Cognitive and Affective Characteristics of Gifted Children

2 February 2017

There are many cognitive and affective characteristics of intellectually gifted adolescents which differ from those of their non-gifted peers. These characteristics have the potential to assist academic and social development, or conversely may present social and academic difficulties for the adolescents. Two cognitive characteristics and two affective characteristics typically associated with gifted adolescents will be examined to explore the relationship between these characteristics and their effect on social and academic development.

The two cognitive characteristics that will be examined is self-regulation, and their dislike of slow paced work. And the two affective characteristics is the possible exhibition of perfectionist tendencies, and their emotional intensity. The first cognitive characteristic is self-regulation. Self-regulation is a characteristic in which all students will generally have. It is comprised of metacognition, thinking about thinking, and motivation.

Cognitive and Affective Characteristics of Gifted Children Essay Example

It is the process of self-regulation employed by intellectually gifted adolescents which differ from those of their non-gifted peers. The metacognition component requires students to plan and self-check their academic performance. These students tended to plan strategies and checked their solution processes and answers while solving problems. The motivation aspect of self-regualtion involves self-efficacy and effort. Highly intrinsically motivated students expended greater effort for completing relevant tasks, and also tended to be self-efficacious. Hong & Aqui, 2004) It has been asserted that gifted student’s use of cognitive and metacognitive strategies enhance perception of self-efficacy, which as a consequence provide the motivation for self-regulation. Confidence in their own abilities causes their efforts in the face of failure to increase exponentially until success us achieved. (Hong & Aqui, 2004) Gifted students have the ability to apply more conscious control over their use of metacognitive processes, such as controlling the solution process.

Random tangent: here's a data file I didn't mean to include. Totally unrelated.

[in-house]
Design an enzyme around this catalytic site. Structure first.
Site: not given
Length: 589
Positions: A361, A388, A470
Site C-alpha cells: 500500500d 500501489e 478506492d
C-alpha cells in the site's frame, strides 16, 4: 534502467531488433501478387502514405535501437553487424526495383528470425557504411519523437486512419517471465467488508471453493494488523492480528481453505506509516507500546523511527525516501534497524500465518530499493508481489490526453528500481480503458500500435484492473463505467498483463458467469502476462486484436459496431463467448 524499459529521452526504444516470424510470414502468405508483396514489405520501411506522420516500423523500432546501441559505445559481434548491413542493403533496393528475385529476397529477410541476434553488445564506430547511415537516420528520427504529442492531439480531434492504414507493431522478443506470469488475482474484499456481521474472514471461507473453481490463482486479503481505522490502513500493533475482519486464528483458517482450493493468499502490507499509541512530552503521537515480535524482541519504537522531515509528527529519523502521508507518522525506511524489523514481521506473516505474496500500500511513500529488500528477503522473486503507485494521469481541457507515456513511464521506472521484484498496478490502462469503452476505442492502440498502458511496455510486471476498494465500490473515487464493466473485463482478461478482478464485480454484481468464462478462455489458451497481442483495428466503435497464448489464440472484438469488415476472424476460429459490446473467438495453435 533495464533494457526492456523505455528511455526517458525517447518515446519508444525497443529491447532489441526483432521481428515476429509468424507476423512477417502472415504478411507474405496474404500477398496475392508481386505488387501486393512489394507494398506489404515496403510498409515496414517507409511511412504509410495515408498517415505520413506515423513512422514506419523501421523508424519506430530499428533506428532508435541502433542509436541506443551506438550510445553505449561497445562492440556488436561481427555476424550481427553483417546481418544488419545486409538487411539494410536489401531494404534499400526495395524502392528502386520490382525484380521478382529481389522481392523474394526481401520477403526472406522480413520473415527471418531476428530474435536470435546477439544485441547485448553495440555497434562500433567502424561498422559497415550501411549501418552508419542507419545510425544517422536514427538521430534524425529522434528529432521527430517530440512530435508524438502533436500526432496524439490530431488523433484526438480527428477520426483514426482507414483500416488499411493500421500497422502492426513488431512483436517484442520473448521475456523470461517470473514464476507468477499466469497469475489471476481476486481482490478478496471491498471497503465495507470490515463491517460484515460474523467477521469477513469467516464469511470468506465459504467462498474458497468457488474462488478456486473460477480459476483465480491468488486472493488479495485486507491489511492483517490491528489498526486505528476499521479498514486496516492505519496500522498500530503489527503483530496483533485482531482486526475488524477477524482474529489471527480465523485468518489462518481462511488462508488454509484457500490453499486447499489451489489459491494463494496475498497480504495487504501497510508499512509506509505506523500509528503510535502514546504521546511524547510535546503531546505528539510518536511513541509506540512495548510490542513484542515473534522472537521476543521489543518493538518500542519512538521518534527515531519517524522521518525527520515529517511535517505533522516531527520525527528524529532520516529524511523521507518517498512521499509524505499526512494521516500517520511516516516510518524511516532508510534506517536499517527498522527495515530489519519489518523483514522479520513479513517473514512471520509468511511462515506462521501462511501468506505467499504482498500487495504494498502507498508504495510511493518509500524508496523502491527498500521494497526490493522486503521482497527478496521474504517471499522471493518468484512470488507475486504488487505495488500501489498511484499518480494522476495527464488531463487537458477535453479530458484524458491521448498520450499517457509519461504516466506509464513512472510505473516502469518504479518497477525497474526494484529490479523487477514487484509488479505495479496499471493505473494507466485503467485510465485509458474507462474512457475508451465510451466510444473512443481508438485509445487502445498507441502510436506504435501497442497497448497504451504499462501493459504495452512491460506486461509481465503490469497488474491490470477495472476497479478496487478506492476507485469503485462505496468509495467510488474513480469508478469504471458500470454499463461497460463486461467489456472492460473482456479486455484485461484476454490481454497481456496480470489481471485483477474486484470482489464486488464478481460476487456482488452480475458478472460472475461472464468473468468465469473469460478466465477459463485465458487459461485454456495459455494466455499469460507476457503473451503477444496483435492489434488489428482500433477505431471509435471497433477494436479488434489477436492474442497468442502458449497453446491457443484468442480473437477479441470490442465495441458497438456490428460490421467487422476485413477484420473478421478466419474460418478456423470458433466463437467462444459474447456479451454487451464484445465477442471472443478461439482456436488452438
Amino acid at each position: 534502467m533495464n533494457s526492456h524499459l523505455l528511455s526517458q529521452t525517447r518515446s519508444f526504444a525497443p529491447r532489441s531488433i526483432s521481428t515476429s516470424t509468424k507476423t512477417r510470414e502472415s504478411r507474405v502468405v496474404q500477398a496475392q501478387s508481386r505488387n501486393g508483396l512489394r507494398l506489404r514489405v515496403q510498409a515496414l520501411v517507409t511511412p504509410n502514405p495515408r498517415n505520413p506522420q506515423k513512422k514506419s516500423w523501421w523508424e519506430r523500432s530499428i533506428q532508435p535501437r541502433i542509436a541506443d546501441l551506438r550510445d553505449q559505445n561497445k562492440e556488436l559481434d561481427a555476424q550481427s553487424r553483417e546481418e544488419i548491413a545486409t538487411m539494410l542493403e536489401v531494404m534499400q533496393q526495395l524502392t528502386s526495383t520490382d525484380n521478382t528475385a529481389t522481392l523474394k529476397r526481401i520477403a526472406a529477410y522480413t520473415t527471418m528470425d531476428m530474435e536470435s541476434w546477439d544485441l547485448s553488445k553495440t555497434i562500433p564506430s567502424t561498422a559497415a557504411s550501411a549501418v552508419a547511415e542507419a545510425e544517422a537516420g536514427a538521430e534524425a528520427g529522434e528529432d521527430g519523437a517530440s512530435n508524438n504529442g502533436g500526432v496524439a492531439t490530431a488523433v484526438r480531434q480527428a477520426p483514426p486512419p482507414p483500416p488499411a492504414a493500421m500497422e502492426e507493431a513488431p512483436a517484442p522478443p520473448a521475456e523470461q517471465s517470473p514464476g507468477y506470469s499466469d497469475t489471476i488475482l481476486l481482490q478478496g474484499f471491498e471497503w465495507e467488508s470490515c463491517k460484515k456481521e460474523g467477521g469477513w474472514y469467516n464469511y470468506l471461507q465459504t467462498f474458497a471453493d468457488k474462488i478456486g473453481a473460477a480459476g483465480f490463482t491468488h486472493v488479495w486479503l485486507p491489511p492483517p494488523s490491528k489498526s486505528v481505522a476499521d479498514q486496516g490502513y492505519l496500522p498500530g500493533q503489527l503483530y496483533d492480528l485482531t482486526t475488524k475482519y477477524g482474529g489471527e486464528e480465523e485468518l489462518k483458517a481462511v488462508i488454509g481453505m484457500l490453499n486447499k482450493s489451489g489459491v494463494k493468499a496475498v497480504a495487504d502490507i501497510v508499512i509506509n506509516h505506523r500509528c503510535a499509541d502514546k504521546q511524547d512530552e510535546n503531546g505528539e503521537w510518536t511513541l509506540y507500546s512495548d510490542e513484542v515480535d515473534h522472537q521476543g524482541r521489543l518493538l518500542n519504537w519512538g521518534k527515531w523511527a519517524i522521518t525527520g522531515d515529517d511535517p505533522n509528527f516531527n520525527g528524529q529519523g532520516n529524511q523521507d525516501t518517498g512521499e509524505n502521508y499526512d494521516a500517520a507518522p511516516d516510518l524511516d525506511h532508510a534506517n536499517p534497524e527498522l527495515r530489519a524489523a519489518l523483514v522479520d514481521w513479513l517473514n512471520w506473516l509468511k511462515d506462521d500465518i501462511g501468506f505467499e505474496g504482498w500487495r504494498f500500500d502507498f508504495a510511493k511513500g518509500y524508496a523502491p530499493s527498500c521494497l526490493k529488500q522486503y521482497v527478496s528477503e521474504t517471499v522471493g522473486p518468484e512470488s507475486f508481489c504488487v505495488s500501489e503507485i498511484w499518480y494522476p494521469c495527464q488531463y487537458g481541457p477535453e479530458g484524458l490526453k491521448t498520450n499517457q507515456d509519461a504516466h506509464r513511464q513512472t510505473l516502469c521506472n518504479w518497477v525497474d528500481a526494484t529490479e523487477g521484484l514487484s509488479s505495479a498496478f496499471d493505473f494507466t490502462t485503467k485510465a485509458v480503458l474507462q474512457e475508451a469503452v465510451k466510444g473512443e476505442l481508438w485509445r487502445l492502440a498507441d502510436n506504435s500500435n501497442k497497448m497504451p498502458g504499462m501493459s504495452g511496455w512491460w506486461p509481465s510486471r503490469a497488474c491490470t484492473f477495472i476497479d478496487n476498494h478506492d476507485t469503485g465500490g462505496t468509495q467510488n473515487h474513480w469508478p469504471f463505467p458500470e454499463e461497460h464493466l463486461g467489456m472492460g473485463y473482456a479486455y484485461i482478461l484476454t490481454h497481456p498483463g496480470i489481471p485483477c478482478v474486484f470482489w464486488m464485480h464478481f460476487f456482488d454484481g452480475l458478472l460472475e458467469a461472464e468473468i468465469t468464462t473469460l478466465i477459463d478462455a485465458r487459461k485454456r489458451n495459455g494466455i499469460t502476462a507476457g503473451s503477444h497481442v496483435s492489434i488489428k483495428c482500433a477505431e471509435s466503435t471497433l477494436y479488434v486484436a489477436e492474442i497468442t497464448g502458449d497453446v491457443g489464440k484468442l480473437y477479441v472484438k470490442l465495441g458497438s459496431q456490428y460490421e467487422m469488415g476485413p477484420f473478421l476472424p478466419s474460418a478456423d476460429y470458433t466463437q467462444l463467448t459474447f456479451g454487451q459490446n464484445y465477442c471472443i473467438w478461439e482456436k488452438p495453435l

This characteristic translates to a positive influence onto gifted student’s academic development, since gifted students are more self-efficacious. This means that they are more aware of what their level of ability is, and can strive to the best of their ability. With this increase in self-efficacy, since the students know what they can do, expend greater amounts of effort in achieving the desired results. Such effort, although generally positive, may lead to negative perfectionist tendencies, which will be discussed later.

Another aspect of self-regulation which can be seen to directly benefit academic development is planning and self-check. Planning may involve activities such as time management for successful balance between studying and leisure, planning the processes required to reach the desired solution when completing a task, or even planning how to disrupt a classroom in their bid to mask their giftedness. Gifted students will generally be more proficient with the planning processes than non-gifted peers, thus allowing them greater opportunities for academic success. (Hong & Aqui, 2004)